Mums heartbreak as daughters riding lesson cancelled because shes autistic

A mum has been left "heartbroken" after reportedly being told her teenage daughter's autism was "too bad" for a horse riding lesson.

Sychdyn Riding School in Flintshire turned away 14-year-old Maddie as staff needed to "consider everyone's safety".

Mum Cassie Lee's booking for her daughter fell through when Maddie's dad Danny Brockley explained over the phone that she might get excited when she sees the horses.

Cassie told North Wales Live that the alleged incident is a painful reminder that people with disabilities are "still not treated equally".

She said: "They kept asking 'how bad is it? How bad is her autism?'. But it's not bad, autism isn't something bad it's just different. I just want my little girl to be able to do what she enjoys."

A spokesperson for the school rejected claims that they discriminated against Maddie's condition and told North Wales Live that they were only following protocol.

They added: "We have to consider everyone's safety, there's protocol we have to follow, and if people have different needs we have to factor that in, we don't want to put anyone at risk.

"We've never come up against this in all the years. We're not discriminating, we're just sticking to within the law."

Cassie said: "I'm heartbroken, if I'm honest. I'm hurt because I've had to watch my little girl upset because she couldn't go, just because she's autistic.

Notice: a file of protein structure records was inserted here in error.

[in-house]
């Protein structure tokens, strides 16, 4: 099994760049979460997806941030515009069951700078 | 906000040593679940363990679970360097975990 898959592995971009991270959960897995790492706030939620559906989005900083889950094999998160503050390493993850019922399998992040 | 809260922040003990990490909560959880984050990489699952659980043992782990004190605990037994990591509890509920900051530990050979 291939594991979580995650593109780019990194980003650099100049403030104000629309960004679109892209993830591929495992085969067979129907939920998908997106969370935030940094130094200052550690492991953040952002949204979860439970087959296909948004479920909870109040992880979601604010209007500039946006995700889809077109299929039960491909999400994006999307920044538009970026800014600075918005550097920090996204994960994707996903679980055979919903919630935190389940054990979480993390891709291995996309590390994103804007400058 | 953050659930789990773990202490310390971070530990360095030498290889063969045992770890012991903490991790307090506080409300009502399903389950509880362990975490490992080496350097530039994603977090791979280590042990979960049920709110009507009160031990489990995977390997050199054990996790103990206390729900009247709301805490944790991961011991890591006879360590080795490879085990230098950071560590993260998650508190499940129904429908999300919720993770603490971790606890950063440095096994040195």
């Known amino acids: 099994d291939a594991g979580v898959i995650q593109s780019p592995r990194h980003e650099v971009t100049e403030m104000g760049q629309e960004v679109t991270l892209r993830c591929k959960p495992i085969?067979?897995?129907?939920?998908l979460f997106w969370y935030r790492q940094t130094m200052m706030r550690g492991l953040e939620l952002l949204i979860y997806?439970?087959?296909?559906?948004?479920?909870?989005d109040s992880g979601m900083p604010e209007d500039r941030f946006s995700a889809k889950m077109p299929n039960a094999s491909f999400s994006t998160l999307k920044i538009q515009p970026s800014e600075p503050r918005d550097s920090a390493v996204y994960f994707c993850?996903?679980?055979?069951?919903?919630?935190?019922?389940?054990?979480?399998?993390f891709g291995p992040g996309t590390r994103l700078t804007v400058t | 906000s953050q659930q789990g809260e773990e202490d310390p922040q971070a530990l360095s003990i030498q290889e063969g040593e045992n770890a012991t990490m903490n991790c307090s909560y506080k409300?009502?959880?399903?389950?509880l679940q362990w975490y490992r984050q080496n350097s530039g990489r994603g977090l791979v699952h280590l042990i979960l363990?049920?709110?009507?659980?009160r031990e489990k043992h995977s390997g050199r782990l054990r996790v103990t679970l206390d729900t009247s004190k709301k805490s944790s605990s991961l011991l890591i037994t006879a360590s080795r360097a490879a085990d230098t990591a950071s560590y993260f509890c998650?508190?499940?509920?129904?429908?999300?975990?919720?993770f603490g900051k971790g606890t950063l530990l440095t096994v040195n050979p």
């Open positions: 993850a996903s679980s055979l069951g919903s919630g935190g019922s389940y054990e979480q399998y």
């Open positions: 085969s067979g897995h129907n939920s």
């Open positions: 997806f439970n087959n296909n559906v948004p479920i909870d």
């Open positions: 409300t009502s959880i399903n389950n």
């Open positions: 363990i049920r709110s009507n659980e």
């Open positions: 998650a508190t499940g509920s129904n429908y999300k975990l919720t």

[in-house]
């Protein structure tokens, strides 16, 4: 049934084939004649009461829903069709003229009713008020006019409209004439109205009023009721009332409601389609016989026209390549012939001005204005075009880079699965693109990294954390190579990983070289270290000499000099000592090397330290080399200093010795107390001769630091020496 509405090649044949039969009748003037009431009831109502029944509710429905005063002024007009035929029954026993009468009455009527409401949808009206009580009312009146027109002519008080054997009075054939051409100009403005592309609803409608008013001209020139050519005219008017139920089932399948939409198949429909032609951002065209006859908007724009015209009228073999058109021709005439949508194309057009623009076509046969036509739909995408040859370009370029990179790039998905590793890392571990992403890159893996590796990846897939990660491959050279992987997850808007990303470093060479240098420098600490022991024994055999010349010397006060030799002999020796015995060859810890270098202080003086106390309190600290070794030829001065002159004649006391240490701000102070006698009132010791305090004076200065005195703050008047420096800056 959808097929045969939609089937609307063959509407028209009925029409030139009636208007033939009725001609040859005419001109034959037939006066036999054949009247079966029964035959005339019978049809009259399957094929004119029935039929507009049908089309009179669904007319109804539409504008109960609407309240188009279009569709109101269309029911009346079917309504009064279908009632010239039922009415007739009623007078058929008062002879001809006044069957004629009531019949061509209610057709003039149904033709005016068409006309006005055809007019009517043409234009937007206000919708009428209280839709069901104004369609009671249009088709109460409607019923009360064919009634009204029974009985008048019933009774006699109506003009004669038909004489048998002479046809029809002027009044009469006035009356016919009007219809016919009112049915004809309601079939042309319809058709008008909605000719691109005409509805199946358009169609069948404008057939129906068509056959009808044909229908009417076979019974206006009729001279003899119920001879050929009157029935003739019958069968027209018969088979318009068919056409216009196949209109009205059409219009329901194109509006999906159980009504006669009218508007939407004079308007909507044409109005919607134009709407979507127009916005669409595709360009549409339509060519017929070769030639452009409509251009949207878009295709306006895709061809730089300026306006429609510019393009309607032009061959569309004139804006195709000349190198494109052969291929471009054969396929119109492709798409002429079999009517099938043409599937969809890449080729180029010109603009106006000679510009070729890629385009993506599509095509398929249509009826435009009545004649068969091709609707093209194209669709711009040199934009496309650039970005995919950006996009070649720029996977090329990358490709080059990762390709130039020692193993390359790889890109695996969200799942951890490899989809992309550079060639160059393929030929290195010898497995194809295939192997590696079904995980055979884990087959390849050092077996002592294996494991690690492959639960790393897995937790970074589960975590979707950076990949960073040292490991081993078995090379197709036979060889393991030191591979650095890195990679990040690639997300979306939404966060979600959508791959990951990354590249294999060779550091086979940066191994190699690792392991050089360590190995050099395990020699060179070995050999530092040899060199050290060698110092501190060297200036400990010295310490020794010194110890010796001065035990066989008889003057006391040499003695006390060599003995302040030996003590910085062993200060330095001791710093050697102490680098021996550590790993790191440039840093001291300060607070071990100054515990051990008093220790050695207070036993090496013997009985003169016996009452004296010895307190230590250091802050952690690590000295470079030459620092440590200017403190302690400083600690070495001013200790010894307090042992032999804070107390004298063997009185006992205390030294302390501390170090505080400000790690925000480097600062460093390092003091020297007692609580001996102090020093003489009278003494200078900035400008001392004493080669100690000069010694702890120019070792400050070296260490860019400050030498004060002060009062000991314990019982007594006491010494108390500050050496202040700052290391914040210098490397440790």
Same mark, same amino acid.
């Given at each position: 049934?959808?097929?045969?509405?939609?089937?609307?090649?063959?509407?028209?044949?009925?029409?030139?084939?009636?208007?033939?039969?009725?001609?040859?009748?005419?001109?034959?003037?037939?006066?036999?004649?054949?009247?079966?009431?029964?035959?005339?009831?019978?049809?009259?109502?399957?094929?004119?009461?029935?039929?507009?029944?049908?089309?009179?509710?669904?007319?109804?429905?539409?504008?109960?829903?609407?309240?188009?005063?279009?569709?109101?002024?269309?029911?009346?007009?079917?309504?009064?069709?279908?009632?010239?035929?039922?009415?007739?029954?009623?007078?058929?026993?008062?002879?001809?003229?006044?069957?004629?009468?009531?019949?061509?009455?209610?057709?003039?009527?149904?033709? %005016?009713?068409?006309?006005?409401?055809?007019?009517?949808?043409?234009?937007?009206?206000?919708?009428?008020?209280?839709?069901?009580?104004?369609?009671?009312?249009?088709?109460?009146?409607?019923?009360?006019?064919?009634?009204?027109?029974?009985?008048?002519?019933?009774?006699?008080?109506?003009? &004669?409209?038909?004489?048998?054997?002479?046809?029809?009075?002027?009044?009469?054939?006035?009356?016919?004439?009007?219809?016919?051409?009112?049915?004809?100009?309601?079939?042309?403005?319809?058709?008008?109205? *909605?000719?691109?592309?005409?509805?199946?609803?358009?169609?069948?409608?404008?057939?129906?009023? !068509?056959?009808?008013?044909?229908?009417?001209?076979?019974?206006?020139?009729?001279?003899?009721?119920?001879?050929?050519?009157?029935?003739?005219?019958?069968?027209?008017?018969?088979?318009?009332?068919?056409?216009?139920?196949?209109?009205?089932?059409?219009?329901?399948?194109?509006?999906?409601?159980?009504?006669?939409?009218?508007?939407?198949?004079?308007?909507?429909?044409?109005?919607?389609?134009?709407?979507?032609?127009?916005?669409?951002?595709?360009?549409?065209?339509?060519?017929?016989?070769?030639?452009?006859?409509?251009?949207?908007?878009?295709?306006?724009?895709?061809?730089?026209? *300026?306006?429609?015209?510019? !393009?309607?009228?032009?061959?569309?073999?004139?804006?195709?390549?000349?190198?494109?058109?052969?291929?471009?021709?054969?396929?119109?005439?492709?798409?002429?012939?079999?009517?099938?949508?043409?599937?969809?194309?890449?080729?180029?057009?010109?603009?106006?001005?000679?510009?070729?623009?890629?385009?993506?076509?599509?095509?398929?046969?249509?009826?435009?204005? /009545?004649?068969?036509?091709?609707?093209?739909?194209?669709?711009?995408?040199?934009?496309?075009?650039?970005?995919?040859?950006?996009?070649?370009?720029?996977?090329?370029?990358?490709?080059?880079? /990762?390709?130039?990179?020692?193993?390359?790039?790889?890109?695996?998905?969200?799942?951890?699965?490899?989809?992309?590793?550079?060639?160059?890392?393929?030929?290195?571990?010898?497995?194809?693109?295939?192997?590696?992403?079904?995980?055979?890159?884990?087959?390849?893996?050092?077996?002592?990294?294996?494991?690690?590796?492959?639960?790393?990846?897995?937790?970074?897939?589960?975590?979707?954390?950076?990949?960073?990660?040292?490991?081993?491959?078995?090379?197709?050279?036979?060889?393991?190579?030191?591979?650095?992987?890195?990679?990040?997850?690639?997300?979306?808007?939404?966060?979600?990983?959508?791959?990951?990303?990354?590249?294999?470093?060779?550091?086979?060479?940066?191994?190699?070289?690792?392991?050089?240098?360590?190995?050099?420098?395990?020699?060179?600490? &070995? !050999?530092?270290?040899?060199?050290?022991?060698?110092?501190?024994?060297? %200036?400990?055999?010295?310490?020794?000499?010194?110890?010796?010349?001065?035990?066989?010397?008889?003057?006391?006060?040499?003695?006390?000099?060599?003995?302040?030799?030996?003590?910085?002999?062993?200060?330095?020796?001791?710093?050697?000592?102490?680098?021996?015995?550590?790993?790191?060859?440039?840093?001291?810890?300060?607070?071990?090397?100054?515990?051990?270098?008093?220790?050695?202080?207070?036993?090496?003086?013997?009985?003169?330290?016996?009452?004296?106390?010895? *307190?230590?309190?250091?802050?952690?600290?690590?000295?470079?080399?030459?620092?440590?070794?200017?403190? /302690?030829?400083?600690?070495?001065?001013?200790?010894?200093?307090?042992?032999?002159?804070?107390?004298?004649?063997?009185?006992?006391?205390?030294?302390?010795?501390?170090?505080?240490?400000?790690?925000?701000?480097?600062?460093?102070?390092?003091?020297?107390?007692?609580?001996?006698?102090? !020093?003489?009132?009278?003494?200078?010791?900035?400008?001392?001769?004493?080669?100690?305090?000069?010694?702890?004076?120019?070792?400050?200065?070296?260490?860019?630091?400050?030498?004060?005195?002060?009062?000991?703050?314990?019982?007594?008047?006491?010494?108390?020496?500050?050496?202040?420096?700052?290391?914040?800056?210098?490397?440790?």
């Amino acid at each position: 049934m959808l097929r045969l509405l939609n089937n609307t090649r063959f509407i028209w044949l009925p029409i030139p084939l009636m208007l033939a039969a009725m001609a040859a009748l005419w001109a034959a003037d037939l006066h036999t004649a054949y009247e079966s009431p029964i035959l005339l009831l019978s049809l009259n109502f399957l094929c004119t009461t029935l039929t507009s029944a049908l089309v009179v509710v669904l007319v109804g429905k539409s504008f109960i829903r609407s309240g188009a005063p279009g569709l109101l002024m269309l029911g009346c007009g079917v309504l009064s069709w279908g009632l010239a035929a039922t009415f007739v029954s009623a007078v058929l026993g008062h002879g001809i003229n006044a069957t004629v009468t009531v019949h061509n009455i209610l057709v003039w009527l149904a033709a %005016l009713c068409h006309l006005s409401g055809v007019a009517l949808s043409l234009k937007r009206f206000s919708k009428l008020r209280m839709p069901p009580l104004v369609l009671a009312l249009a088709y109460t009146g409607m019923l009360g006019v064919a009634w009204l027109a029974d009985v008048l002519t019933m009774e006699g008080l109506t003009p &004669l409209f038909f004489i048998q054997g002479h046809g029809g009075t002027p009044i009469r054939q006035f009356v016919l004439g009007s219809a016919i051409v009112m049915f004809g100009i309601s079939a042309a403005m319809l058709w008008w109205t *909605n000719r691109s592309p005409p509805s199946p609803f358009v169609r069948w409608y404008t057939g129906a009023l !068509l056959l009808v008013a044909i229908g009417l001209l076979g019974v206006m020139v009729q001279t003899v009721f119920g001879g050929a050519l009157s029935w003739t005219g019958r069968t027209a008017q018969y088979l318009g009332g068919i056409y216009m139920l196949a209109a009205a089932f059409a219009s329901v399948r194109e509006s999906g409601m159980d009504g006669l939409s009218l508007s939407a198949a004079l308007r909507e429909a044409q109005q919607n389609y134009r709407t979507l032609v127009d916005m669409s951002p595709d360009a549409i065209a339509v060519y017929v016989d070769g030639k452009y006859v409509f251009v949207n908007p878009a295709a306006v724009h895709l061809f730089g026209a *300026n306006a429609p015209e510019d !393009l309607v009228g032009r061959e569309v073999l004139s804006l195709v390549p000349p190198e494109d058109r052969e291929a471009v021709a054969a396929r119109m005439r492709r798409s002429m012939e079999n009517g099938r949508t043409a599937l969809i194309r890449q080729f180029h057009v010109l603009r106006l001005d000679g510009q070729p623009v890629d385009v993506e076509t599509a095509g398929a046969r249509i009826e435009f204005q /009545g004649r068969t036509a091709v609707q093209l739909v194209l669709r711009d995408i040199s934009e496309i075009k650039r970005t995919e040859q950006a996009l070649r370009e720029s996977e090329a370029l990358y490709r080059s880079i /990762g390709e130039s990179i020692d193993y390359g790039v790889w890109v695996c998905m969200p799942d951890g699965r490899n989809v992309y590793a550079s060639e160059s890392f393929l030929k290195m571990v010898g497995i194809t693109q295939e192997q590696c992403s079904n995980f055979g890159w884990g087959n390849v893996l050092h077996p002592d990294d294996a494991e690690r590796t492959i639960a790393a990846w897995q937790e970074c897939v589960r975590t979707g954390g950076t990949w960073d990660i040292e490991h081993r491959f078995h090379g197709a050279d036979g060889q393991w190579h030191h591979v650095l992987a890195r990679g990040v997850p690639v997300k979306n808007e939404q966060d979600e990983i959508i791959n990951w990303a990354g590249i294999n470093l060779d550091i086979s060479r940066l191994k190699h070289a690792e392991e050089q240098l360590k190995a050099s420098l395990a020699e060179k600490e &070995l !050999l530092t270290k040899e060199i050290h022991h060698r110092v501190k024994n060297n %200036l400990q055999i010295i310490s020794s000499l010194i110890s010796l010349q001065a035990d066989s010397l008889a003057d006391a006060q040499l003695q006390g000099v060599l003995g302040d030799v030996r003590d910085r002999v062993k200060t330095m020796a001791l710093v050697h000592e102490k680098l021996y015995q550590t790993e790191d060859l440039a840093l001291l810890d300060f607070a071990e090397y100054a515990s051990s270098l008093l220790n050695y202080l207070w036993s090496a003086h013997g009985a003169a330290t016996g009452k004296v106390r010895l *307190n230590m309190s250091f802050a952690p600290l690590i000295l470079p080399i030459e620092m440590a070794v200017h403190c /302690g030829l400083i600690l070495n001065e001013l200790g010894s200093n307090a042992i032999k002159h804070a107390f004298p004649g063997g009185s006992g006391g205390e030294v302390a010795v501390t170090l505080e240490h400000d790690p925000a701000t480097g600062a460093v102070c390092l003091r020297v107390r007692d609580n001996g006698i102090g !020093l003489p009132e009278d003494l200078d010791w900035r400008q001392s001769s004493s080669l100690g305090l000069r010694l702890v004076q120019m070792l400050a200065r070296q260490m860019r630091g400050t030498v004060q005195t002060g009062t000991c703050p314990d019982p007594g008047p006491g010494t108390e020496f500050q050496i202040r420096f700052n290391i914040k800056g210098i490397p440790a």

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"People these days say people with autism are accepted but we face struggles every day and no one sees that side of things.

"It's really upsetting that people just write her off because everyone who knows Maddie loves her and knows how great she is, people on the street say 'hiya' to her before me because she's so popular."

Maddie's autism means she communicates and expresses her emotions differently to others, but Cassie said this shouldn't stop her from doing things other children get to do. It was during a phone call that Cassie claimed Maddie was discriminated against.

She said staff at the riding school were initially happy to take the booking when Maddie's dad Danny called them on Wednesday March 23, but things changed, she claimed, when they became aware of Maddie's needs.

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Cassie said: "Maddie's dad called up first and spoke to someone and it was all fine but when he mentioned she had autism they said they couldn't do it.

"They said it should be no problem until he explained that Maddie has autism and she might get excited when she sees the horses, and then they said she couldn't come.

"Maddie stims which means she flaps her arms and makes noises when she gets excited but that's just how she reacts and she shouldn't be treated differently to anyone else."

Cassie added: "I wouldn't put her on a horse if it wasn't safe, we tried to explain to them that she would be fine. She's been horse riding in Sychdyn before and there were no problems.

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A spokesperson said: "We're just trying to stick within the rules that have been given to us, and there are places available which are specifically set up for people with different needs."

Fazilet Hadi, head of policy at leading equality charity DR UK claimed the riding school's actions: "Laws have been in place for over 25 years to allow disabled people to take part in mainstream activities with non-disabled people.

"All the riding school needed to do was to adopt a can-do attitude and let her ride the horse," she said.

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